Technology was supposed to transform our lives. Less toil, more play. Shorter working hours – and most of those spent at home in front of a computer as offices fade into obsolescence. It didn’t happen. Boundaries have blurred but home and work remain different worlds and thousands of new office blocks continue to sprout in city centres and business parks across the world. The transformation has taken place within those buildings and at breathtaking speed.
Little more than a decade ago you would need to plunge deep into the bowels of select buildings to discover sealed rooms humming with computers. Today, every desk has a screen. Then there are the fax machines, photocopiers, sophisticated telephone systems, even coffee machines which would have been unimaginable not long ago.
Technicians often boast there is more computing power on an ordinary office desk than it took to put a man on the moon. What they fail to add is that the wires, cables, connections, power supplies and cooling systems hidden in the walls and floors would put the moonshot control centre to shame.
Many older buildings cannot provide these crucial invisible arteries, which is why new ones keep rising. But even modern ones can fall short of demands by intensive users. Confidence is critical, says Phillipe Honnorat of consultants Flack & Kurtz. A financial group could lose millions for each minute its systems are down.
Today’s tenants expect enough generating power in the basement to guarantee against blackouts. Landlords should plan more than enough, however, as they have to assume these demands will continue to grow. The same applies to data. ‘The Internet is now critical because so many people use it to store their work and files,’ says Honnorat.
In fact, the ‘e-economy’ has sparked the biggest changes since the industrial revolution, according to Rosemary Feenan, European research director for real estate consultant Jones Lang LaSalle. She sees the rise of ‘plug and go’ buildings where tenants move in, plug in and get to work. These are no longer bricks and glass but business ‘portals’ networked across the world by high-speed data links.
Again, trust and security are paramount. Tenants demand several data feeds so they can pick their own service and be sure of back-up connections if one fails. But this is only the first step. Getting all that power and data to desks is just as critical.
Businesses use space much differently than in the past, says Honnorat. Open-plan is more common than cellular offices but IT systems must be flexible enough to cope with either. Tenants often do not know from one week to the next which layouts they will be using, and cabling must be flexible enough to allow desks to be switched around without interrupting business.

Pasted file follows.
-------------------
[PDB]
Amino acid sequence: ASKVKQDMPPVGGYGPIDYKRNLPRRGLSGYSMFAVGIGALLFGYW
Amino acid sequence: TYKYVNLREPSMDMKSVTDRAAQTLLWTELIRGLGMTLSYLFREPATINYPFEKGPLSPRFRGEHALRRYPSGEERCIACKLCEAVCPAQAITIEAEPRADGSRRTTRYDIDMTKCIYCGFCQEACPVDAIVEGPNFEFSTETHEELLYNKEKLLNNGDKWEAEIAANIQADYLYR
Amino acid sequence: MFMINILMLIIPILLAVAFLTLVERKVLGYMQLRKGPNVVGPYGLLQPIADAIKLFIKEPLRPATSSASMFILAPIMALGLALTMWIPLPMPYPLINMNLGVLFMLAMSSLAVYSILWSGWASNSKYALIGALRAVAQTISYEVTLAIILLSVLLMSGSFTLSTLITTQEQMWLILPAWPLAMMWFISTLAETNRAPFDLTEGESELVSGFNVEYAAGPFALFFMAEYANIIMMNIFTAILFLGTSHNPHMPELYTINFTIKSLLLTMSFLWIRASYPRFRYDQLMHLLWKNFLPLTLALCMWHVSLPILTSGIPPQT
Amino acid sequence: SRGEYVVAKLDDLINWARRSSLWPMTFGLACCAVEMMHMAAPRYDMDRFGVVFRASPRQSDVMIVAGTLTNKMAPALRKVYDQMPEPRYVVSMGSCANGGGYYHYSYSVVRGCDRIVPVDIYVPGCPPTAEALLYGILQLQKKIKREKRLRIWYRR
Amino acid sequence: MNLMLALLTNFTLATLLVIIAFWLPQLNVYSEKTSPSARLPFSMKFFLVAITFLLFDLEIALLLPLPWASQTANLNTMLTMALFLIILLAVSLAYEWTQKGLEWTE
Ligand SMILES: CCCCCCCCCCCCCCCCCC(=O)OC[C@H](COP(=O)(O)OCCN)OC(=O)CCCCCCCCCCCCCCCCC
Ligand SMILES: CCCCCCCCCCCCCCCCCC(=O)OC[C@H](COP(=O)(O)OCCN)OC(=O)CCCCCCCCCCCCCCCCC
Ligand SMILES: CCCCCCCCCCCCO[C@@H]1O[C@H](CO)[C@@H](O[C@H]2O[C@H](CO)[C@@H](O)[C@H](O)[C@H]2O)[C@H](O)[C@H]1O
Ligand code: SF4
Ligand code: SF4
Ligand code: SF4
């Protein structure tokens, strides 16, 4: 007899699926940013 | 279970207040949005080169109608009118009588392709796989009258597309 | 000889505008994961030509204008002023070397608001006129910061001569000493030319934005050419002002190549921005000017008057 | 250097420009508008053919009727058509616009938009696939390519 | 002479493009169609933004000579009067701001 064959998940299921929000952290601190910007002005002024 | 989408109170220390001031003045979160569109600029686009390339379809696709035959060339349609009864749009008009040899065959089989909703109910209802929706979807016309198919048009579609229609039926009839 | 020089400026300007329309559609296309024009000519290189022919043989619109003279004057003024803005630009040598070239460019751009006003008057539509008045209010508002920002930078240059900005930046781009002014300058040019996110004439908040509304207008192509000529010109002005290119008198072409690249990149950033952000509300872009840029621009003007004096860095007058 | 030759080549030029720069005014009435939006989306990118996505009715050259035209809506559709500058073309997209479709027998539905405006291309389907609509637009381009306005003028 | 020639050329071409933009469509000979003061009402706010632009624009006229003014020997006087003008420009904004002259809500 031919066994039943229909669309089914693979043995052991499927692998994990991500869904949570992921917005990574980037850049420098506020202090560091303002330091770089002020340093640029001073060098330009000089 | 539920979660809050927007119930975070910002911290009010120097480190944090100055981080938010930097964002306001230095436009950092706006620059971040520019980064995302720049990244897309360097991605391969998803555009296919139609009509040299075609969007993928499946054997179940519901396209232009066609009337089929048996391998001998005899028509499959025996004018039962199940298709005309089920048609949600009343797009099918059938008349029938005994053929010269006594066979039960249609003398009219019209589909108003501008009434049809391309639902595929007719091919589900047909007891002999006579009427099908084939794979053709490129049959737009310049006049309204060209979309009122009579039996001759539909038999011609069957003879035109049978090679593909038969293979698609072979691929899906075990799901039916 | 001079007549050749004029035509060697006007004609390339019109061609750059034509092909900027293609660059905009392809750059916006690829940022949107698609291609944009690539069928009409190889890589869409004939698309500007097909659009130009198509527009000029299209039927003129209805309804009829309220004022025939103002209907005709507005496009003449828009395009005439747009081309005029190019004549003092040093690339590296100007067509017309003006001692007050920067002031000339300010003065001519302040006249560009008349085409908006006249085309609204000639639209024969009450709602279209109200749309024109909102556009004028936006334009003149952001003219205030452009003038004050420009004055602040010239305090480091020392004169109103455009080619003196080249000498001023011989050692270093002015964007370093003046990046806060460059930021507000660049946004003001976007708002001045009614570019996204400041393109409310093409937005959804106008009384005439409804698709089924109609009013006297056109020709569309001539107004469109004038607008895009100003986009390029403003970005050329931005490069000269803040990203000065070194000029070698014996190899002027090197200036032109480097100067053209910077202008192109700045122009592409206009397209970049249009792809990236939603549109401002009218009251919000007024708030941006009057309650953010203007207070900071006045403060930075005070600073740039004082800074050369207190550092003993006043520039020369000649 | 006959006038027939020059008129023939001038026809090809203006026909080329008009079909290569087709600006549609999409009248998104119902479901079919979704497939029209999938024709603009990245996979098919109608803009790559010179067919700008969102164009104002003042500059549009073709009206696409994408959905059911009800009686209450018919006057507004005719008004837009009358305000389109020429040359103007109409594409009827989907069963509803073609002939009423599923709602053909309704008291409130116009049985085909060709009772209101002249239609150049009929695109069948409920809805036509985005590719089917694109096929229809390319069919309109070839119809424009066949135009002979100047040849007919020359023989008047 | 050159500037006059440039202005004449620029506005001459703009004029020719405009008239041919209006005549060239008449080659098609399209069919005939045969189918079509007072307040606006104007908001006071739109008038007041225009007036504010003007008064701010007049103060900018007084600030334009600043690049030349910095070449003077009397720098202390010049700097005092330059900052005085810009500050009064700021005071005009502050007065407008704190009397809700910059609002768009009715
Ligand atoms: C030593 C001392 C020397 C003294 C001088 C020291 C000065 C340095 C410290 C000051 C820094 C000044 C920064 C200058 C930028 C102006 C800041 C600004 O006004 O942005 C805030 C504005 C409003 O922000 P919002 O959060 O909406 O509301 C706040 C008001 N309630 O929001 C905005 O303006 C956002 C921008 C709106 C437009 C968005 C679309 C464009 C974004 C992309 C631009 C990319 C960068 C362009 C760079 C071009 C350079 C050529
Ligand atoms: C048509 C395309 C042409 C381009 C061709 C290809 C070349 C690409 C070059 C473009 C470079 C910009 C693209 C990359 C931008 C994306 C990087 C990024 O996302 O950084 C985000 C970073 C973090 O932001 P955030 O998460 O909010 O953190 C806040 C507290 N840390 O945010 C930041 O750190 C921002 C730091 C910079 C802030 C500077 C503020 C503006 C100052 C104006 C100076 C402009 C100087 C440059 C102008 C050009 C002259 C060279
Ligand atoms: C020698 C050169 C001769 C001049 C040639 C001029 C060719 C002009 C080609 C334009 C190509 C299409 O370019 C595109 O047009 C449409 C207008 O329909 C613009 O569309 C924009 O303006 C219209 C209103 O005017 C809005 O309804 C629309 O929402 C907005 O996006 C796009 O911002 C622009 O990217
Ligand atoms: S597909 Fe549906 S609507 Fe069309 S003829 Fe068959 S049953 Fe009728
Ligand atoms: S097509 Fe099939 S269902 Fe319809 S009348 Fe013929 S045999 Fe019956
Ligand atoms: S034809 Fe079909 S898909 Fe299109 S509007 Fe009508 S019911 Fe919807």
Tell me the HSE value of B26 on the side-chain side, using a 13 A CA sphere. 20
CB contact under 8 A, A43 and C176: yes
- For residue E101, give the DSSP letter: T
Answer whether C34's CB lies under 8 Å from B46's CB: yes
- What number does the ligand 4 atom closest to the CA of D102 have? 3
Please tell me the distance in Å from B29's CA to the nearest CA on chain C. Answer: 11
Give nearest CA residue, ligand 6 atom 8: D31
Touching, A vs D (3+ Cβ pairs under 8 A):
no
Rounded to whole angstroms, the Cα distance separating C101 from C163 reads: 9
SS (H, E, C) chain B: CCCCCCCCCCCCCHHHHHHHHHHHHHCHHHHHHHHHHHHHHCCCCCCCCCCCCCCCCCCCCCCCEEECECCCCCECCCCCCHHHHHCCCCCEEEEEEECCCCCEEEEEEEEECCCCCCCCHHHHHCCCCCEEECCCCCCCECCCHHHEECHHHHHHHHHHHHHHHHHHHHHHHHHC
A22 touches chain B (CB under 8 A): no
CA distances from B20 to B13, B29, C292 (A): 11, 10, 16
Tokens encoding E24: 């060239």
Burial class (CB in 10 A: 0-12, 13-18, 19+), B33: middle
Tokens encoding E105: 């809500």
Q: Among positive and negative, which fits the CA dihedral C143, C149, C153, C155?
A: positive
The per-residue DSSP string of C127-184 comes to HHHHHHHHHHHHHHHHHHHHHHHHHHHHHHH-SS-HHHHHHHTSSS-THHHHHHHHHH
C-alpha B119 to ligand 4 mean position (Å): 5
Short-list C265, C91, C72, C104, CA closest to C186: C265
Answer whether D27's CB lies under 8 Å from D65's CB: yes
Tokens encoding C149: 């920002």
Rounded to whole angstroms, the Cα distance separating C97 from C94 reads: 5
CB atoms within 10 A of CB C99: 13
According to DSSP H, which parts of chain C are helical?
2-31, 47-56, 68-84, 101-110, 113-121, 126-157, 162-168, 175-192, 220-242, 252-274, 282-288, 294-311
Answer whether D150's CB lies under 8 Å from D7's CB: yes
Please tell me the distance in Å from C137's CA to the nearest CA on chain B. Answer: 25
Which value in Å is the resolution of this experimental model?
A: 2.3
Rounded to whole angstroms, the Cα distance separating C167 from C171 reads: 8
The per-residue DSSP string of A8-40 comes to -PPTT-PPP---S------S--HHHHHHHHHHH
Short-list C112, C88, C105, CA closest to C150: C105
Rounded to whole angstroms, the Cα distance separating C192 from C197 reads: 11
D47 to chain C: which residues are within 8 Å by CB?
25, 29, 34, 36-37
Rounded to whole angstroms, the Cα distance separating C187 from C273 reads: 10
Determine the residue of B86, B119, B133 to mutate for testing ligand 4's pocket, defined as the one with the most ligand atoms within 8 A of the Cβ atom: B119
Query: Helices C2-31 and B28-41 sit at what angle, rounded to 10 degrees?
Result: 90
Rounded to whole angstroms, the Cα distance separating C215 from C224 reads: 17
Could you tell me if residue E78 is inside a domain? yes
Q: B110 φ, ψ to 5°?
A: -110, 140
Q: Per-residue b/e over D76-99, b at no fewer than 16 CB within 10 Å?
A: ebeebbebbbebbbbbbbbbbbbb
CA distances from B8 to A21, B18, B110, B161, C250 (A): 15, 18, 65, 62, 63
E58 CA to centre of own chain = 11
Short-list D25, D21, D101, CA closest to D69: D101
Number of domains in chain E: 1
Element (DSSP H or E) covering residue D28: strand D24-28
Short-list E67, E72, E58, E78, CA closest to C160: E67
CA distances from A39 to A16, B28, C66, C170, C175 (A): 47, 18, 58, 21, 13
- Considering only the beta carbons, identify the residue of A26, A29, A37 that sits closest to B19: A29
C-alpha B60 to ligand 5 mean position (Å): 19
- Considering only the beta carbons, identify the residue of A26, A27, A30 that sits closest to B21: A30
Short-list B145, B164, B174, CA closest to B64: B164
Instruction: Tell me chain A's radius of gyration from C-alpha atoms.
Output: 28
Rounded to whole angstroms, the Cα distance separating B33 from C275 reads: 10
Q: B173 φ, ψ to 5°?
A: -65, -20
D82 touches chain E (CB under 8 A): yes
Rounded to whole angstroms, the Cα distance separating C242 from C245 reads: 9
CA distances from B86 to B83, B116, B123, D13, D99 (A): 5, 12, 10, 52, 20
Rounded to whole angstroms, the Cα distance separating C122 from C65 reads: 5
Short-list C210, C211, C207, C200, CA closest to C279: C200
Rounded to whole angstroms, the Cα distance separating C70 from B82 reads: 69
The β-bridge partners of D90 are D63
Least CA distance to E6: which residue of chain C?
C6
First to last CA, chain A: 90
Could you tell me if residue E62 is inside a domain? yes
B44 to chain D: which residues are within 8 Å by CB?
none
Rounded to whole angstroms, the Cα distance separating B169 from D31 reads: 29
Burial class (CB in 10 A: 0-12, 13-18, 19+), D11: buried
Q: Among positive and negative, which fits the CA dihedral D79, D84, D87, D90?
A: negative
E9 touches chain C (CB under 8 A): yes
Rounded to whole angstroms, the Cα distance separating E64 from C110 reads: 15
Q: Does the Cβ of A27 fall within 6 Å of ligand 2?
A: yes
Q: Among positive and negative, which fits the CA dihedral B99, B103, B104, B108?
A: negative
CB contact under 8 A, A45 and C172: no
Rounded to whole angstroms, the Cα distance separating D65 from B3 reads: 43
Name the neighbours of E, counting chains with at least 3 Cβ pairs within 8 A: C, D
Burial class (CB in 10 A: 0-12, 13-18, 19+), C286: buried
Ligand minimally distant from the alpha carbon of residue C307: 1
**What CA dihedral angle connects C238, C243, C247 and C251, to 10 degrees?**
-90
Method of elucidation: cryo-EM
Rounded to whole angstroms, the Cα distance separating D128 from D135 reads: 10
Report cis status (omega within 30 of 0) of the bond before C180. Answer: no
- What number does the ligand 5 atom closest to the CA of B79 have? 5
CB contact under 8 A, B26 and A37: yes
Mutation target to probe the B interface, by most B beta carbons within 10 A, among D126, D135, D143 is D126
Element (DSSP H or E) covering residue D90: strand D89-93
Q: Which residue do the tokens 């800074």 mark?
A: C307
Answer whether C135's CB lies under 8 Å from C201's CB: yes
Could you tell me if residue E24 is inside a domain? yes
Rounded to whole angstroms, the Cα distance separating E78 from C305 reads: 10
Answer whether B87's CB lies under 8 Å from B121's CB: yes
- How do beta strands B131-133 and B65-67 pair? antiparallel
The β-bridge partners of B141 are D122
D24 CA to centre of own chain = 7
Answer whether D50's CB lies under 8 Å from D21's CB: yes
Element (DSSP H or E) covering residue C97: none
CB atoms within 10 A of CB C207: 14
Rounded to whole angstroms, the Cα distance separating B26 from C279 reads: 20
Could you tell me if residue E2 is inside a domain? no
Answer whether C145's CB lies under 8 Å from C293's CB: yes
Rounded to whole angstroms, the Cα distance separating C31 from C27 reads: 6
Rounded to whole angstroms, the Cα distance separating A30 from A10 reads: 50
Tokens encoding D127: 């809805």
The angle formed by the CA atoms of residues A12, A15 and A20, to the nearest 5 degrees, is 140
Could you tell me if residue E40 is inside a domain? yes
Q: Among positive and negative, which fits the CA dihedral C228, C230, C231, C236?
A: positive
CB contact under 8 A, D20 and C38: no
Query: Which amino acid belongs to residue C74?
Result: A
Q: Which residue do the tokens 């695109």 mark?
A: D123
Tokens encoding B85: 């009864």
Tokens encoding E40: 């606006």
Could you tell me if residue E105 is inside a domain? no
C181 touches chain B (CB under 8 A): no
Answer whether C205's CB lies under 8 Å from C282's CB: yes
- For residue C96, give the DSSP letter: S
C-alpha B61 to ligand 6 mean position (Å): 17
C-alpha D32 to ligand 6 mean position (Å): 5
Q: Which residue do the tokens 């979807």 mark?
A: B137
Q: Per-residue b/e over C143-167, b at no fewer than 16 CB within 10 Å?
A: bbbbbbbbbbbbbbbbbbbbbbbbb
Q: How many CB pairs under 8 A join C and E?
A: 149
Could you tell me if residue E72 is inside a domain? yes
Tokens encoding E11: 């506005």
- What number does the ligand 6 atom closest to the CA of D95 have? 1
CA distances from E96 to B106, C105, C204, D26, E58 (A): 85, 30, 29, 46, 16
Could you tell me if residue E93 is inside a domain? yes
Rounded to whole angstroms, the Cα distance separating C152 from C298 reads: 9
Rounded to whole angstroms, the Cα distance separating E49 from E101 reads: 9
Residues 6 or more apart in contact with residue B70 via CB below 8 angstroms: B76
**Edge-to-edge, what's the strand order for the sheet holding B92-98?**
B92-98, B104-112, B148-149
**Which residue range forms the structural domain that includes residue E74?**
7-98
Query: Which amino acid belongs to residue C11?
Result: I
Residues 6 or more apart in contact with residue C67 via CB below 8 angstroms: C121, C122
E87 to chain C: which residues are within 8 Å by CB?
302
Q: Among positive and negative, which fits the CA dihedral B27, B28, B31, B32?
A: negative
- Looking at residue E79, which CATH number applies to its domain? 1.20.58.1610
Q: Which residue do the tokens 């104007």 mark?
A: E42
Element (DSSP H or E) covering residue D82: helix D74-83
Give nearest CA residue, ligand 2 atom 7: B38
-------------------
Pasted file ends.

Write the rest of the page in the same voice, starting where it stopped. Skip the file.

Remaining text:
At one time that meant huge spaces under floors to cope with miles of wiring but technology has moved on in leaps and bounds. Structured cabling – a dense network of links allowing flexible connections – and the advent of fibre optics means more can be squeezed into less. John Marinello, director of information systems at Flack & Kurtz, says there are several trading floors with only 4inch [10cm] voids including a large one in St Louis.
All this IT generates heat, so air-conditioning is becoming standard. This, too, must be flexible to cope with overnight change. But developers also have to look much further forward. The threat of global warming has made every tenant aware of potential carbon taxes. ‘We will never go back to old ventilation methods but the ones we use must be as efficient as possible,’ says Honnorat.
. Technology continues to race forward and today’s new systems could soon be as obsolete as yesterday’s ‘unplugged’ buildings. The desk and its obligatory computer screen are already under threat, according to Frank Devoy, of international management consultant Ernst & Young. Businesses are recognizing that new ways of working mean people are no longer tied to one task in one place. Part of the day they may be toiling in noisy open-plan space, but at other times they want more private conference areas and even quiet enclosed space to think and study.
They cannot afford to miss an important call, however. And they still need constant access to computer files – often stored online. Wireless technology promises this kind of freedom. ‘It effectively means you carry your desk around, perhaps through hand-held devices providing phone and computer links,’ says Devoy.
This will be the next big IT revolution in offices, and forward-thinking developers are already making plans. The wireless building will still need wires, carrying signals to local nodes. Yet again, this means providing the space and advanced thinking to cope with new systems, as refitting buildings to meet this advance will be expensive.